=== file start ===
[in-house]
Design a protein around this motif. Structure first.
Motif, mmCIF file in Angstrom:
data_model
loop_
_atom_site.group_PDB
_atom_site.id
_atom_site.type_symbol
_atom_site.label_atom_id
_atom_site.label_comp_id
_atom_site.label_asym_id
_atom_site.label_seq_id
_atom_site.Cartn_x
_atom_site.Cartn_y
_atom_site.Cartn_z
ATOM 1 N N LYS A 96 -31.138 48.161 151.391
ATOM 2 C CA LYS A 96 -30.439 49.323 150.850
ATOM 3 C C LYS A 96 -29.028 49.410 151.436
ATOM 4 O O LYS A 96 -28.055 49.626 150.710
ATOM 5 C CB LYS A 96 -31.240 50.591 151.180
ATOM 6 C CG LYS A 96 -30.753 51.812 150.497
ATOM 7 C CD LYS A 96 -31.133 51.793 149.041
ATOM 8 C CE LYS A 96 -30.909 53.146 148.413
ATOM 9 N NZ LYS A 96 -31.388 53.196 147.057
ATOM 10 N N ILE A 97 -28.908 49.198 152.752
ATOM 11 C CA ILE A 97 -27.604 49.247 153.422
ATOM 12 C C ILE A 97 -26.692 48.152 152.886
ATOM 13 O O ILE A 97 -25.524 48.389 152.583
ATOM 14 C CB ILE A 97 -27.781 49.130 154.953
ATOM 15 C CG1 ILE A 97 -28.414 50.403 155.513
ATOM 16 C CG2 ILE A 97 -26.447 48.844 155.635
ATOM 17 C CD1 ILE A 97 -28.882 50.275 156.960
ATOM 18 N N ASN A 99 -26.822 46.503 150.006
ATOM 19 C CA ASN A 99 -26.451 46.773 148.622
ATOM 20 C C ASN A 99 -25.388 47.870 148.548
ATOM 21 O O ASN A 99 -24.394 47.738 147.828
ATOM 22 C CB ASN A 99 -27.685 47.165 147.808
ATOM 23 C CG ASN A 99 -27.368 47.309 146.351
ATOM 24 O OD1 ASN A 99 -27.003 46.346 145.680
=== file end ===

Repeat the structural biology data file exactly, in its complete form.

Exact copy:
[in-house]
Design a protein around this motif. Structure first.
Motif, mmCIF file in Angstrom:
data_model
loop_
_atom_site.group_PDB
_atom_site.id
_atom_site.type_symbol
_atom_site.label_atom_id
_atom_site.label_comp_id
_atom_site.label_asym_id
_atom_site.label_seq_id
_atom_site.Cartn_x
_atom_site.Cartn_y
_atom_site.Cartn_z
ATOM 1 N N LYS A 96 -31.138 48.161 151.391
ATOM 2 C CA LYS A 96 -30.439 49.323 150.850
ATOM 3 C C LYS A 96 -29.028 49.410 151.436
ATOM 4 O O LYS A 96 -28.055 49.626 150.710
ATOM 5 C CB LYS A 96 -31.240 50.591 151.180
ATOM 6 C CG LYS A 96 -30.753 51.812 150.497
ATOM 7 C CD LYS A 96 -31.133 51.793 149.041
ATOM 8 C CE LYS A 96 -30.909 53.146 148.413
ATOM 9 N NZ LYS A 96 -31.388 53.196 147.057
ATOM 10 N N ILE A 97 -28.908 49.198 152.752
ATOM 11 C CA ILE A 97 -27.604 49.247 153.422
ATOM 12 C C ILE A 97 -26.692 48.152 152.886
ATOM 13 O O ILE A 97 -25.524 48.389 152.583
ATOM 14 C CB ILE A 97 -27.781 49.130 154.953
ATOM 15 C CG1 ILE A 97 -28.414 50.403 155.513
ATOM 16 C CG2 ILE A 97 -26.447 48.844 155.635
ATOM 17 C CD1 ILE A 97 -28.882 50.275 156.960
ATOM 18 N N ASN A 99 -26.822 46.503 150.006
ATOM 19 C CA ASN A 99 -26.451 46.773 148.622
ATOM 20 C C ASN A 99 -25.388 47.870 148.548
ATOM 21 O O ASN A 99 -24.394 47.738 147.828
ATOM 22 C CB ASN A 99 -27.685 47.165 147.808
ATOM 23 C CG ASN A 99 -27.368 47.309 146.351
ATOM 24 O OD1 ASN A 99 -27.003 46.346 145.680